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5 Responses to Local Data Company/University of Stirling Scotland’s Towns Report: Event Update

  1. Dave Sutton says:

    Have added comments at http://www.linkedin.com
    Yes – a free summary – but some £1,895 for the full report!!! So why should Council’s contribute their data? Without the detailed background data we can’t say how accurate the data is for the towns where we do hold detailed data. Surely we need to find better and more effective ways of collecting and sharing data.

    We also need to get agree what data needs to be collected as part of the proposed Scottish annual/ biannual health checks (in draft SPP). Vacancy rates and footfall changes provide the usual headline starting points. But a key problem is the various and different vacancy rates … BRC (retail only – around 10.1%) data vs LDC (businesses – around 14.5% av in Scotland) vs the actual situation on the ground (inc leisure, community and public services). None as yet measure town centre housing use – so if we envisage “living towns” – then surely we need to agree an appropriate wider based definition?. And even then – this data is based on numbers of units – and varies if you actually analyse by sq m (as required for legitimate planning) or sq ft (if you are comparing rental rates).
    And this is before considering wider issues like the effectiveness of town promotion and marketing, or on accessibility issues where there are little standards for bus and rail data – or with car parking and disabled parking where there are minimal standards outwith the ParkMark scheme.

    The question is also raised re Scottish dimension. I would suggest that there is a need for UK comparisons. For example to assess the supermarket tax in NI and the effectiveness of its use in reducing business rates (which has been backed off from in Scotland). Whilst we have at last seen policies start to focus on a “town centres first” approach (without I think as yet fully understanding the implications – or tackling the contradictions with, for example,the courts review) – towns are not yet reflected in the dedicated national resources – as already separately allocated directly to cities and to rural areas.

    This Scottish summary also adds a few items not previously discussed:
    (i) % AMGC (alcohol, money, gambling and charity) – and questioning whether charity shops should be included. The report also purports to assess “independent” shops present.
    (ii) % of consistent longer term vacancies.
    We are assessing whether we can do a similar assessment from our data.

    So whilst the LDC/ Stirling Scottish Summary provides a helpful start in raising relevant issues from such data – we need the data out in the open for all – with agreed protocols and reporting target timescales. This should be the basis for a better factual and informed debate about the state of retailing in Scotland’s Towns.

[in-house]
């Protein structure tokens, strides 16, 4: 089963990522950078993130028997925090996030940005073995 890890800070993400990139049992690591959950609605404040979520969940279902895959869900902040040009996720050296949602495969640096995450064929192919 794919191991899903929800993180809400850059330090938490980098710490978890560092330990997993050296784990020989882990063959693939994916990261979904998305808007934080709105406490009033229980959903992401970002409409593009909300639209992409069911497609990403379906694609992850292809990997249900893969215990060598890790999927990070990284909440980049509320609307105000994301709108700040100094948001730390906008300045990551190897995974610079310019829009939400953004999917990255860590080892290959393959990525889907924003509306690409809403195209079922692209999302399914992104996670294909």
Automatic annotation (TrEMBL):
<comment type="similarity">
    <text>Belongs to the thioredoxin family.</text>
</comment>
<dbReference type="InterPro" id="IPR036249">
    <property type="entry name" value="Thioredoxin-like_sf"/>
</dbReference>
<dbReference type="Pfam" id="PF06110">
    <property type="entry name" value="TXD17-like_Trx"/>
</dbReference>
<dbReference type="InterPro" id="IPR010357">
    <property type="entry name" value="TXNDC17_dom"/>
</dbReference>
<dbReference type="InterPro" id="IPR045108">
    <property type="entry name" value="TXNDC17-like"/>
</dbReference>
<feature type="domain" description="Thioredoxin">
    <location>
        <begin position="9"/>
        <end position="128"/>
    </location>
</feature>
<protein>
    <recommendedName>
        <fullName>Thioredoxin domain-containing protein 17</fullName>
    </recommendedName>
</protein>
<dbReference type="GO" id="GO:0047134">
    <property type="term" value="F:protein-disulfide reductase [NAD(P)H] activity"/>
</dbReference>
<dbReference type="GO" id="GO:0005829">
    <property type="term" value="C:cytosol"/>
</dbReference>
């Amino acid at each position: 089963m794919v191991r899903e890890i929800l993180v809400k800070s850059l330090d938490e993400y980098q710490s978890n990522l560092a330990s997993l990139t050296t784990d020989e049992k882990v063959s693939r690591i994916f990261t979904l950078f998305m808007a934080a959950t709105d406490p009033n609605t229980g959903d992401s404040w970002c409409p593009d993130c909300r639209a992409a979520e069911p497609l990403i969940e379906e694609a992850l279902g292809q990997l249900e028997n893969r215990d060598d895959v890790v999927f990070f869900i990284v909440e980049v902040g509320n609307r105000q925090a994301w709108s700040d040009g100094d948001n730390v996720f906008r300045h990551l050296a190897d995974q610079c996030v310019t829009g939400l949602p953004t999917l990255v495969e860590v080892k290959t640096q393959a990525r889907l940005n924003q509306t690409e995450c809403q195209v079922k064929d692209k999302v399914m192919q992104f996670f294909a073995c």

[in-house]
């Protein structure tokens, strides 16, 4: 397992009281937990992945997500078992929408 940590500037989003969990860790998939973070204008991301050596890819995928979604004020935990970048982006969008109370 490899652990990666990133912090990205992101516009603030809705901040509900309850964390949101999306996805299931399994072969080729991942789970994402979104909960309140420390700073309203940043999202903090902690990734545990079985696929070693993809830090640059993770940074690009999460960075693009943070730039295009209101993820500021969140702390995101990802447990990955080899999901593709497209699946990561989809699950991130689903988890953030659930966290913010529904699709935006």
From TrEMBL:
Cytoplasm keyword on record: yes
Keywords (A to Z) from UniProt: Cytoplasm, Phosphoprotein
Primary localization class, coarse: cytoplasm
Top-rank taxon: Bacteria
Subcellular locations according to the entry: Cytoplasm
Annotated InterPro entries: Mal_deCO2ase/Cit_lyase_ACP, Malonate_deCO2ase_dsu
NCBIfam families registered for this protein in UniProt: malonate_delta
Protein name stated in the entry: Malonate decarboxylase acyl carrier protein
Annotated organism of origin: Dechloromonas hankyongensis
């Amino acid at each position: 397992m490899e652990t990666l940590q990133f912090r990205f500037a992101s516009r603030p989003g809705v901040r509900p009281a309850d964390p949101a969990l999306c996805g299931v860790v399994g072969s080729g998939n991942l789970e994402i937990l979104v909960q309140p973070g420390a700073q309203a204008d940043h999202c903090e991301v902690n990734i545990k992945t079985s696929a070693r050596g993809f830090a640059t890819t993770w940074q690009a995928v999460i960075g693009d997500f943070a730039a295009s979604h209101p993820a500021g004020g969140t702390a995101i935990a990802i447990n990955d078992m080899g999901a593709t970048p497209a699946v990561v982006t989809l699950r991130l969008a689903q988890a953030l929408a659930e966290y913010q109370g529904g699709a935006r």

2. Leigh Sparks says:

    Thanks for the taking the time to comment. Happy to chat to you directly about the issues raised if you wish. There is much in your comment that I would agree with. “We need to find better and more effective ways of sharing data” is the right sentiment. The problem has been that we have not been able to persuade government to take the steps needed to provide consistent, comparable and continuous (or at least frequent) data. Even when extortation to have comparable collection across Scotland has been made, what we find is inconsistent and incomplete. We also have the situation where public data is kept on different scales and geographies and is very hard to access (sometimes). I do not see this changing very soon – but I would be delighted to be proved wrong.

    So what the LDC have done is build a system from the ground up and to attempt to continuously add to this by consistent and regular data collection – essentially an annual census of retail and business ground floor activities in towns across GB. To this basic data set (geo-coded so that geographies can be pre- or user- defined) they are attempting to add a variety of other third party and wider data (size, rates, rent etc). What we have then is the beginnings of what we would both want and from that much can be done. But is there more to be done – absolutely.

    Your question about the pricing of the full report is better addressed to LDC as I am not involved in that side, though I do know they always welcome discussion about what they can and can not do for commercial and government clients. But following from above, LDC have invested in building the data and the systems, when others have decided not to.

    Finally. if you do have data that is potentially useful for looking at vacancy in a more detailed and nuanced way (persistence, churn are various dimensions of what we are thinking about here) then I would be really interested in having a discussion with you. We have a dozen years worth of data for two parts of Glasgow for which we have walked the streets and have begun to think how this lets us think about vacancy in better ways than simply x%.We’d love to add more to this.

    As I started out – great comments, and we should be having a stronger national discussion of our needs in this area.